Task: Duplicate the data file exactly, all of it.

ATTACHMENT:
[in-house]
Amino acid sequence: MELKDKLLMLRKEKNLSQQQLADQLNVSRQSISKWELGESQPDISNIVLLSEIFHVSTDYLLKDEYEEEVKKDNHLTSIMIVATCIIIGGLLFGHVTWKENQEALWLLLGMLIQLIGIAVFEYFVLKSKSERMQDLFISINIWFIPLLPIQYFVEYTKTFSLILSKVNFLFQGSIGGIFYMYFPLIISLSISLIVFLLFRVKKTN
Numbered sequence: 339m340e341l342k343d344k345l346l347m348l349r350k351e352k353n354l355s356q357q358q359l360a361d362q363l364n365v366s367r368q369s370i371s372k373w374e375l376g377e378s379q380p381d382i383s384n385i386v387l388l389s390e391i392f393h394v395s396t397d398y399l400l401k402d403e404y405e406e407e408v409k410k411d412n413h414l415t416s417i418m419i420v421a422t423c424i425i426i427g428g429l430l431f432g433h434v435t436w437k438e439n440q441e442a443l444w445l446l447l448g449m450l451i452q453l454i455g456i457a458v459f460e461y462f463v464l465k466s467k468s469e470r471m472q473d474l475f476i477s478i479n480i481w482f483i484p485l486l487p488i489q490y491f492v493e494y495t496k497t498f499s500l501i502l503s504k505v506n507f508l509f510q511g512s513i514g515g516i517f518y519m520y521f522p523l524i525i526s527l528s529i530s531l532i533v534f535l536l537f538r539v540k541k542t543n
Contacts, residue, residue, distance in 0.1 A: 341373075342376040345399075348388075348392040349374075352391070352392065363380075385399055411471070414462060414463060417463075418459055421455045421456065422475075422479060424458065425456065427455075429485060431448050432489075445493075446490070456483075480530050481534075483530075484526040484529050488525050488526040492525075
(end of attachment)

[in-house]
Amino acid sequence: MELKDKLLMLRKEKNLSQQQLADQLNVSRQSISKWELGESQPDISNIVLLSEIFHVSTDYLLKDEYEEEVKKDNHLTSIMIVATCIIIGGLLFGHVTWKENQEALWLLLGMLIQLIGIAVFEYFVLKSKSERMQDLFISINIWFIPLLPIQYFVEYTKTFSLILSKVNFLFQGSIGGIFYMYFPLIISLSISLIVFLLFRVKKTN
Numbered sequence: 339m340e341l342k343d344k345l346l347m348l349r350k351e352k353n354l355s356q357q358q359l360a361d362q363l364n365v366s367r368q369s370i371s372k373w374e375l376g377e378s379q380p381d382i383s384n385i386v387l388l389s390e391i392f393h394v395s396t397d398y399l400l401k402d403e404y405e406e407e408v409k410k411d412n413h414l415t416s417i418m419i420v421a422t423c424i425i426i427g428g429l430l431f432g433h434v435t436w437k438e439n440q441e442a443l444w445l446l447l448g449m450l451i452q453l454i455g456i457a458v459f460e461y462f463v464l465k466s467k468s469e470r471m472q473d474l475f476i477s478i479n480i481w482f483i484p485l486l487p488i489q490y491f492v493e494y495t496k497t498f499s500l501i502l503s504k505v506n507f508l509f510q511g512s513i514g515g516i517f518y519m520y521f522p523l524i525i526s527l528s529i530s531l532i533v534f535l536l537f538r539v540k541k542t543n
Contacts, residue, residue, distance in 0.1 A: 341373075342376040345399075348388075348392040349374075352391070352392065363380075385399055411471070414462060414463060417463075418459055421455045421456065422475075422479060424458065425456065427455075429485060431448050432489075445493075446490070456483075480530050481534075483530075484526040484529050488525050488526040492525075